CARDINAL GRIFFIN in N--"Rome last week entertained the new Apostolic Delegate to Great Britain, Archbishop Gerald O'Hara, to lunch at the Ven. English College.
Present too were Bishop Black of Paisley; Bishop van Lierde, the Pope's Vicar General for Vatican City; Mgr. McGeough, of the Papal Seeretariate of State; Mr. Paul McGuire, Australian Minister to Italy; Mgr. Duchemin, Rector of the Beda College; Mgr. Gogarty, vicerector of the Scots College; and Mr. Etherington-Smith and Major Utley, of the British Legation to the Holy See.
"Not many months have passed," said the Cardinal, "since the members of the Hierarchy of England and Wales met together at Westminster to pay honour to Archbishop Godfrey on his laying down the office which he had filled with such distinction during the previous 15 years.
"Whilst we were very conscious of the loss of a well-tried friend at the Delegation, yet we were deeply grateful to the Holy Father for giving to the Hierarchy the benefit of His Grace's wisdom and experience.
A passing Bishop
"And now our hearts go out again in gratitude to His Holiness for the further mark of affection which he has shown our country by the appointment of a new Delegate in the person of such a distinguished son of the Church as Archbishop O'Hara.
"One night in May, 1946, I flew across the Atlantic for the first time, and when I landed at Gander for about an hour I was told that there was an American Bishop on the airfield who wanted to see me.
"He was newly appointed to represent the Holy See in, I think, Albania, and was, as his countrymen say,. in transit.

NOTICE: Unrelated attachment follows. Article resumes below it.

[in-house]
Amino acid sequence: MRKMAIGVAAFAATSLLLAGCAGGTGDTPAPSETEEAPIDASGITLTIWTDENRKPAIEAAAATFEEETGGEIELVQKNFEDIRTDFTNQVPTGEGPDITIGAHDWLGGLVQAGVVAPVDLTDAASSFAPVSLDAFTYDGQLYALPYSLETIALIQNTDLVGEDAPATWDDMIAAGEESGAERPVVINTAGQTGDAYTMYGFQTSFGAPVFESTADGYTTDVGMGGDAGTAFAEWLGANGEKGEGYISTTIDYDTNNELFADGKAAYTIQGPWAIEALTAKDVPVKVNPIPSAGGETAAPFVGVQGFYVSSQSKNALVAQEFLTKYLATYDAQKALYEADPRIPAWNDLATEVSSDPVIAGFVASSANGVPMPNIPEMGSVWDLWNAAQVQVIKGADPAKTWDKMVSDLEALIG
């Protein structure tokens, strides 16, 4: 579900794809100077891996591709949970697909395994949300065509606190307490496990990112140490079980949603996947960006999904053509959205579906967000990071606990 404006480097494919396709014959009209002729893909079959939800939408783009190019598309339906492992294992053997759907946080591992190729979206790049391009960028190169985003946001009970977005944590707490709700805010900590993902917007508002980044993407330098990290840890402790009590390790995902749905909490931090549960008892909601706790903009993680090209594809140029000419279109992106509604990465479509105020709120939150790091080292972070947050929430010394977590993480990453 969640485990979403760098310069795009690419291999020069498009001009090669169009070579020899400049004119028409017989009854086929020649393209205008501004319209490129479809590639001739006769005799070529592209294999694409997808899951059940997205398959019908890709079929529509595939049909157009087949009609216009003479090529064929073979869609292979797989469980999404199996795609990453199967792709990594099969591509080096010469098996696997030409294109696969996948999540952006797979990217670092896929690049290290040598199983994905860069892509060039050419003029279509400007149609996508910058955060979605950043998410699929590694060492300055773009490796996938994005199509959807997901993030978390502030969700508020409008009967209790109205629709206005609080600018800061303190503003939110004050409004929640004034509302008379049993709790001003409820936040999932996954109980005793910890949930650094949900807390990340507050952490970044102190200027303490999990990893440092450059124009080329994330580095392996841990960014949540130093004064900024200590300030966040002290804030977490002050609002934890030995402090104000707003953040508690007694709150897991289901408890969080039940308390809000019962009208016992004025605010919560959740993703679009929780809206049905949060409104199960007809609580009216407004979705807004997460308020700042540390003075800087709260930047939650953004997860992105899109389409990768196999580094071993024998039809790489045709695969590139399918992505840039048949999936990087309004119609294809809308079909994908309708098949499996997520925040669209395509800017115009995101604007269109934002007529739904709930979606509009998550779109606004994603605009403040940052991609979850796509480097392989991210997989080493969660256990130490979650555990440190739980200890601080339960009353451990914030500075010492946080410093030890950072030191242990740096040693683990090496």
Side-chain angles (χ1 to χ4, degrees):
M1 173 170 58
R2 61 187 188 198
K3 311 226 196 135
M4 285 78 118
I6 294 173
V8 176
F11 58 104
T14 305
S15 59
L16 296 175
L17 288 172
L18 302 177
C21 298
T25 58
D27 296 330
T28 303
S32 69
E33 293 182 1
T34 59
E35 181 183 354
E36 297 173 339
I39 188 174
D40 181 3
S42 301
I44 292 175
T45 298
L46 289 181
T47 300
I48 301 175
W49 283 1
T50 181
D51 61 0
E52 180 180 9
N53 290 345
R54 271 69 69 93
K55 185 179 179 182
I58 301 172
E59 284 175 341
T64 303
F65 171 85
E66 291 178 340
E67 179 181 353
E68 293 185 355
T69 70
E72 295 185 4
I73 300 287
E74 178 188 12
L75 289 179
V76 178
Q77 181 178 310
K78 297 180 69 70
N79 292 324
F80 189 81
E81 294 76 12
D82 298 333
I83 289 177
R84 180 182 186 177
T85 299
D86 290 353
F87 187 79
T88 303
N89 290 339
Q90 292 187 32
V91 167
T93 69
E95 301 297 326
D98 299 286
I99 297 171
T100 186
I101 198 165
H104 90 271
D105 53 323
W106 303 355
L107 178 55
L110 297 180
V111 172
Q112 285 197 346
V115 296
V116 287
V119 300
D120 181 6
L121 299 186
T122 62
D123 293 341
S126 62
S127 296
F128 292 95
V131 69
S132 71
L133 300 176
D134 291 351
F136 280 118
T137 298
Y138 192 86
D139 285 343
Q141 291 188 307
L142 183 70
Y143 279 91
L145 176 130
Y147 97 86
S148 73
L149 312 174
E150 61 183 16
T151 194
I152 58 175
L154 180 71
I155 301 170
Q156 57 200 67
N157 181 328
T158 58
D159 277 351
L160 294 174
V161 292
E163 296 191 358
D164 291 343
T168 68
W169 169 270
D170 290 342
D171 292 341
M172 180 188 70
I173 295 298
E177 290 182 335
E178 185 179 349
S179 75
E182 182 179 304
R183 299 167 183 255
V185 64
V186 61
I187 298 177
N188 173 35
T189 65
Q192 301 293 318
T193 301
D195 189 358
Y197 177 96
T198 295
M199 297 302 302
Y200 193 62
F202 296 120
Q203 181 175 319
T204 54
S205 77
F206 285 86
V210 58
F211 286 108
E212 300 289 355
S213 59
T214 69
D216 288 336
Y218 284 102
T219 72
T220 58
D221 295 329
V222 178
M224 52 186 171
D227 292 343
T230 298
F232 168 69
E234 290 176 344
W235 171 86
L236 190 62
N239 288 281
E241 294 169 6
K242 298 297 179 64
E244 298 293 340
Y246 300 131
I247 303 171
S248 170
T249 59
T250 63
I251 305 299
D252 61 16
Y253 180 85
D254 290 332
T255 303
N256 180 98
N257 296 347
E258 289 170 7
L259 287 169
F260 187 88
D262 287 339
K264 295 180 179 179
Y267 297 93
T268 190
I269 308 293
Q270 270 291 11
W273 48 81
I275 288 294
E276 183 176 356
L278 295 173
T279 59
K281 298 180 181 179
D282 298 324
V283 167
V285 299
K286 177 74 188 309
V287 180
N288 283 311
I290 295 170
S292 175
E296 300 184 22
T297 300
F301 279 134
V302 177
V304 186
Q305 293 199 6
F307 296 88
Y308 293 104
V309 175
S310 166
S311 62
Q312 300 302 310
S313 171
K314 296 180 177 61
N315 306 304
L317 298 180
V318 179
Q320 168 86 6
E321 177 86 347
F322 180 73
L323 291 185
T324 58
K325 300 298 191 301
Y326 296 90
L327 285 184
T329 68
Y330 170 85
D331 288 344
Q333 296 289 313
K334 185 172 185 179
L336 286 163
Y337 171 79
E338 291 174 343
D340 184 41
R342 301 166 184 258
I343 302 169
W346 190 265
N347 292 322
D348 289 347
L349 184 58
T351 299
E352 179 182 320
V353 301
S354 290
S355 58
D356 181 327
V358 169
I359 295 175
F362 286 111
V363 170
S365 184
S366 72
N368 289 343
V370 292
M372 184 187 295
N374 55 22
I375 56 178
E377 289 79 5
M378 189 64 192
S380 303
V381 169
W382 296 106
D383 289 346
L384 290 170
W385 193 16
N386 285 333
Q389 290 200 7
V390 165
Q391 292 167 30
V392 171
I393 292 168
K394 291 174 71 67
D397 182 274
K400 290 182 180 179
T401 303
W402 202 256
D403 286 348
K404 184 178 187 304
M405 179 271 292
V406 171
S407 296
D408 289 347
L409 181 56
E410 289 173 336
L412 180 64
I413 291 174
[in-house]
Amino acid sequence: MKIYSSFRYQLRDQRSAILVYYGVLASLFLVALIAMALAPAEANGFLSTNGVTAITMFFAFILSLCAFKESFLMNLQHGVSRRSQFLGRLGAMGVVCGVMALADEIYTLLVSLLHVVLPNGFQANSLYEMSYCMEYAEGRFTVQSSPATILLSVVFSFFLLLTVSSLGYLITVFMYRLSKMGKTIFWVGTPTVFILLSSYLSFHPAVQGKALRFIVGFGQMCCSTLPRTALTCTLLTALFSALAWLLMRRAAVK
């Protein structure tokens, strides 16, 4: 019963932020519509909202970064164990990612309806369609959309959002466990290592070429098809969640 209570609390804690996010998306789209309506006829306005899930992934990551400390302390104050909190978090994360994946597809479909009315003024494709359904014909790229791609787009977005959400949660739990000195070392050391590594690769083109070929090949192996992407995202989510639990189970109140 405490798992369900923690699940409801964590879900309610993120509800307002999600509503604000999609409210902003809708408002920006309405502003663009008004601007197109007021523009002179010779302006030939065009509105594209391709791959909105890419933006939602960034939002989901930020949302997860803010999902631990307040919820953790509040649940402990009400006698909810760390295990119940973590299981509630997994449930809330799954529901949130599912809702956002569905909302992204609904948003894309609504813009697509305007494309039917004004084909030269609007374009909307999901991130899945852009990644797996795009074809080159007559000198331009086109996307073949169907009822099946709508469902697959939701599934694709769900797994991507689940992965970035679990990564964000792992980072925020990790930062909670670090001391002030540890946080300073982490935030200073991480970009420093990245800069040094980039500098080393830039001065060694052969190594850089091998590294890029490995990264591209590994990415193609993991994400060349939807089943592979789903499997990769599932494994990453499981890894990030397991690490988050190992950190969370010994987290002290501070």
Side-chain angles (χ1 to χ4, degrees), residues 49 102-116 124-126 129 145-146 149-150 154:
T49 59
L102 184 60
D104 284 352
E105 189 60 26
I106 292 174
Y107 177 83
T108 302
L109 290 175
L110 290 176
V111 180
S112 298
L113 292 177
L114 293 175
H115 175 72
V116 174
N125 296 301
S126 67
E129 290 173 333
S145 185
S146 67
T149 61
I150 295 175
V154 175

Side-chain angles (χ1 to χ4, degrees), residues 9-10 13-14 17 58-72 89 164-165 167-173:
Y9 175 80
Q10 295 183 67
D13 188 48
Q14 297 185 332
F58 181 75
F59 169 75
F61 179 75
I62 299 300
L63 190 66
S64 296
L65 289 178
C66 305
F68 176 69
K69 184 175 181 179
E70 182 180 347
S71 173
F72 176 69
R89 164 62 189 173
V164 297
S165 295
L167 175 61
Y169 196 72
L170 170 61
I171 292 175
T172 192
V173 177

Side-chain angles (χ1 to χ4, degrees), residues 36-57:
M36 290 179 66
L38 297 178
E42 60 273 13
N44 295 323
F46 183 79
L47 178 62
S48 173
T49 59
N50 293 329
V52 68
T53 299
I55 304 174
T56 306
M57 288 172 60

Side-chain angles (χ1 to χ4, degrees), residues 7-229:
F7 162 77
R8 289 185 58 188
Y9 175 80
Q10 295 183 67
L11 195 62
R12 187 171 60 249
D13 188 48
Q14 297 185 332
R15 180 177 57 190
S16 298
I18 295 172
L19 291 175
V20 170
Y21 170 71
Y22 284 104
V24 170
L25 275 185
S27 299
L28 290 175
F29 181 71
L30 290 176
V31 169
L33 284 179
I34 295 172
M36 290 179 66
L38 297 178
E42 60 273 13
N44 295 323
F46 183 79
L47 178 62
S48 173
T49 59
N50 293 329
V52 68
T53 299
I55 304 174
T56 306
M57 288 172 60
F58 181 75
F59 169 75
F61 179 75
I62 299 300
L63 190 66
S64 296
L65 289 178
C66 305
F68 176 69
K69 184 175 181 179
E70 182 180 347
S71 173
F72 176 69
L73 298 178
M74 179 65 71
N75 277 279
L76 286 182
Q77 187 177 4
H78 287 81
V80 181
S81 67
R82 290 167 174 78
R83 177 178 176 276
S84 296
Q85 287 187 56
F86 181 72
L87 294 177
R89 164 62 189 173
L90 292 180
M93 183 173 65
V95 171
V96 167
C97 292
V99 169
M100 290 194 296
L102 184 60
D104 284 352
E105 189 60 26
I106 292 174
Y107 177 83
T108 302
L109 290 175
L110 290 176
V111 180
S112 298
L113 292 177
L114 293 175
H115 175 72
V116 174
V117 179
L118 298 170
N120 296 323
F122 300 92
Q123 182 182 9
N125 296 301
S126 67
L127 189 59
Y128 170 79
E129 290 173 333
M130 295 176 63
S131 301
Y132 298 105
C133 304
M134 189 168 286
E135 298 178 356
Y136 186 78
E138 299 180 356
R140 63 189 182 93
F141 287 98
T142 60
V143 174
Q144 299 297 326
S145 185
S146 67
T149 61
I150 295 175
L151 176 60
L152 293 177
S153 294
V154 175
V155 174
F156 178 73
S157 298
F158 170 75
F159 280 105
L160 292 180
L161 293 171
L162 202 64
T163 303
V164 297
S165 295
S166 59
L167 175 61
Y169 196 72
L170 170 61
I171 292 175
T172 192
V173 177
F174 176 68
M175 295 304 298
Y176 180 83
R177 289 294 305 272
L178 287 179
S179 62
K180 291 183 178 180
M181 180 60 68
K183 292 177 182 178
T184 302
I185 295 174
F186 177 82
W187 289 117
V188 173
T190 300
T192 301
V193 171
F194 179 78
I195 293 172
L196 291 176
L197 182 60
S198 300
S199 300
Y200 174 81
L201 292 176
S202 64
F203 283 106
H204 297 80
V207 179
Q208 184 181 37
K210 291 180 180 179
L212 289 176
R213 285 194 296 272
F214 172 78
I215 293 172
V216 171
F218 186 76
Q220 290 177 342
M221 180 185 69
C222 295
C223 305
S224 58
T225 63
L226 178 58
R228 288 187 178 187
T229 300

"That was the first time I met Archbishop O'Hara. We were Bishops who passed in the night.
"I went on to New York. His Excellency came on to Europe. Though he was never to reach Albania, he was appointed a little later to Roumania. "His Excellency's heroism in that land of persecution won him a very special place in the hearts of all English Catholics who too, in times gone by, have known persecution for the Faith, "Any historian will tell you that the Church in England and Wales owes much to our neighbouring island. Many good things have come to us from Ireland, and we know that His Excellency, fresh from the Dublin Nunciature, falls within that category.
"Fitting it is that we should offer him this first welcome today here at the Ven. English College—the college which gave so many of its sons as martyrs in former days of persecution; the college where I and a number of members of the Hierarchy received our training for the priesthood; the college of which His Excellency's predecessor at Wimbledon was once Rector.
"Fitting that our good friends Bishop van Lier de and Mgr. McGeough should be here to remind us of the person of the Holy Father whom they serve so ably.
The Queen's men
"Fitting, too, that the Bishop of Paisley should be here to remind us of the Catholics across a border that is neither Iron Curtain nor partition.
"Fitting that we should have the new Australian Minister, our old friend from Londo n, Mr. Paul Maguire, to remind us of the 26,000,000 Catholics of our great Commonwealth family.
"And how fitting, finally, that we should have Mr. Etherington-Smith and Major Utley, of the British Legation to the Holy See, to remind us of the head of that family, Her Majesty The Queen.
"In the name of the Hierarchy of England and Wales I assure His Excellency of our heartfelt welcome.
"Belatedly but sincerely we congratulate him upon his episcopal silver jubilee last month, and we pray that his new mission wifl be greatly blessed."